David Bowie’s Music Video “Jump They Say” Pays Tribute to Marker’s La Jetée, Godard’s Alphaville, Welles’ The Trial & Kubrick’s 2001

Last week we fea­tured William Gib­son’s mem­o­ry of the first time he saw La Jetée, Chris Mark­er’s influ­en­tial 1962 sci­ence-fic­tion short film con­struct­ed almost entire­ly out of still pho­tographs. In the Guardian arti­cle on the film’s lega­cy that quotes Gib­son, we also hear from direc­tor Mark Romanek, who speaks of being “exposed to Chris Mark­er’s work at a par­tic­u­lar­ly impres­sion­able age.” Romanek, known for the fea­ture films One Hour Pho­to and Nev­er Let Me Go, has worked pri­mar­i­ly as a music video direc­tor, and in 1993 he got the chance to do a trib­ute to Mark­er in the video for David Bowie’s “Jump They Say.”

“Bowie and I shared an admi­ra­tion for La Jetée, so we con­trived to pay homage to it,” says Romanek. “The idea of mak­ing those icon­ic still images move seemed both excit­ing and some­how a lit­tle sac­ri­le­gious.” The obser­vant Mark­er fan will notice strong echoes of the film in the char­ac­ters and the events of the music video, espe­cial­ly when Bowie’s char­ac­ter gets dragged off by a pack of post-apoc­a­lyp­ti­cal­ly Gal­lic-look­ing tech­no-thugs and strapped into what looks like the very same wired-up ham­mock and mask used to send the pro­tag­o­nist of La Jetée back through time.

But much more went into this influ­ence-rich project than an appre­ci­a­tion for Chris Mark­er. Bowie described the song itself to the New Musi­cal Express as “semi-based on my impres­sion of my step­broth­er” Ter­ry Burns, who had tak­en his own life eight years ear­li­er. In the video, the singer’s char­ac­ter winds up tak­ing a fly­ing leap from the 29th floor of an office build­ing, thus escap­ing the oppres­sion and para­noia of his slick­ly sin­is­ter near-future cor­po­rate set­ting, which owes much to the ver­sion of Paris that Jean-Luc Godard offered up in his 1965 sci-fi noir Alphav­ille.

We might say that the sharp-suit­ed, sharp­er-haired incar­na­tion of Bowie here jumps as a way out of a world with which he can­not rea­son, and artists who want to depict such a world have often looked to the work of Franz Kaf­ka as an exam­ple. In this case, Bowie and Romanek draw from Orson Welles’ film adap­ta­tion of Kafka’s The Tri­al (espe­cial­ly its use of cor­ri­dors), which came out the very same year as La Jetée did. Enthu­si­asts of 1960s film will also notice that 2001: A Space Odyssey also had its impact on the pro­duc­tion design (espe­cial­ly as regards female cos­tum­ing). But what did the man behind the main inspi­ra­tion think? “I was deeply relieved,” says Romanek, “to hear that Mr. Mark­er was pleased and not offend­ed by the ges­ture.”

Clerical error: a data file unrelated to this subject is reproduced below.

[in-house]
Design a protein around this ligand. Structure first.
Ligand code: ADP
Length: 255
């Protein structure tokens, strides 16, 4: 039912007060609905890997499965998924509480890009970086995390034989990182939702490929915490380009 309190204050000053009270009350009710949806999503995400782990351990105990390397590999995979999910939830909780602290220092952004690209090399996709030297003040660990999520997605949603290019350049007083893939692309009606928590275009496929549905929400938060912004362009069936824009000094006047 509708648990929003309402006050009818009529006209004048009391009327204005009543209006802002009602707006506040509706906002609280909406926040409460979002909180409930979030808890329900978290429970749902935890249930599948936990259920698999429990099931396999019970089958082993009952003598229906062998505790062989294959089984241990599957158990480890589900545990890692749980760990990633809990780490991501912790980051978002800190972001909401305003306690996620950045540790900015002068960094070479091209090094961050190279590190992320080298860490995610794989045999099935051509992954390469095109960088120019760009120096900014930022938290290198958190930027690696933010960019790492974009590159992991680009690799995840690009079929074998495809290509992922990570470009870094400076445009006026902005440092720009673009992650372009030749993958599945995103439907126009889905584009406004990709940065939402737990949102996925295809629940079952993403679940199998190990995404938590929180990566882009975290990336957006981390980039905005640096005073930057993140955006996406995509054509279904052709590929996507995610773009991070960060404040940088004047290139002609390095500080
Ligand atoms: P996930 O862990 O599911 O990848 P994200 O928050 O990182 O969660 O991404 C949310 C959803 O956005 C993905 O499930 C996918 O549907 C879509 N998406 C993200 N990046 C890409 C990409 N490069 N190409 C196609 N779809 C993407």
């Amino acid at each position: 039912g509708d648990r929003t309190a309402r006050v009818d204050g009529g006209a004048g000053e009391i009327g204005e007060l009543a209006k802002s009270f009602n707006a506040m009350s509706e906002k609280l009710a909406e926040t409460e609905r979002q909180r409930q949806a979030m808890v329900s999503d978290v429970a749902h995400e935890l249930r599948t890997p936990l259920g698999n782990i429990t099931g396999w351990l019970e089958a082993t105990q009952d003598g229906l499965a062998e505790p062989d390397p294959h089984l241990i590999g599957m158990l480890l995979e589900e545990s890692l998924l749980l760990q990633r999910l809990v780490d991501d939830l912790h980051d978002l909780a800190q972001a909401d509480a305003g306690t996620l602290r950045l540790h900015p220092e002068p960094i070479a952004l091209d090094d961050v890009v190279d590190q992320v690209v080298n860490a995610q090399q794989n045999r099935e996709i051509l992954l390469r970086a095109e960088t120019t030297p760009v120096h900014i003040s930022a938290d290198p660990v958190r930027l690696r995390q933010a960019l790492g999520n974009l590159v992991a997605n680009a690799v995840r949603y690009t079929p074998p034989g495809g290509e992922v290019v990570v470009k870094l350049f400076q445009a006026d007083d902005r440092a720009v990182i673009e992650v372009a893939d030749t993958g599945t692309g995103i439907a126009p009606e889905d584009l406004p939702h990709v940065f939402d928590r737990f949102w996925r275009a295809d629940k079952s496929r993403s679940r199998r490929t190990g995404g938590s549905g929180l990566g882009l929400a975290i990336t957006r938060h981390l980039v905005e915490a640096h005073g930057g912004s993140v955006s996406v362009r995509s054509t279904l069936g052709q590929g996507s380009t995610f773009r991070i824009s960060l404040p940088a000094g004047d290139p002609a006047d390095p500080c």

Relat­ed Con­tent:

David Bowie Releas­es 36 Music Videos of His Clas­sic Songs from the 1970s and 1980s

How “Space Odd­i­ty” Launched David Bowie to Star­dom: Watch the Orig­i­nal Music Video From 1969

The Sto­ry of Zig­gy Star­dust: How David Bowie Cre­at­ed the Char­ac­ter that Made Him Famous

How Chris Marker’s Rad­i­cal Sci­Fi Film, La Jetée, Changed the Life of Cyber­punk Prophet, William Gib­son

Based in Seoul, Col­in Mar­shall writes and broad­casts on cities, lan­guage, and style. He’s at work on a book about Los Ange­les, A Los Ange­les Primer, the video series The City in Cin­e­ma, the crowd­fund­ed jour­nal­ism project Where Is the City of the Future?, and the Los Ange­les Review of Books’ Korea Blog. Fol­low him on Twit­ter at @colinmarshall or on Face­book.

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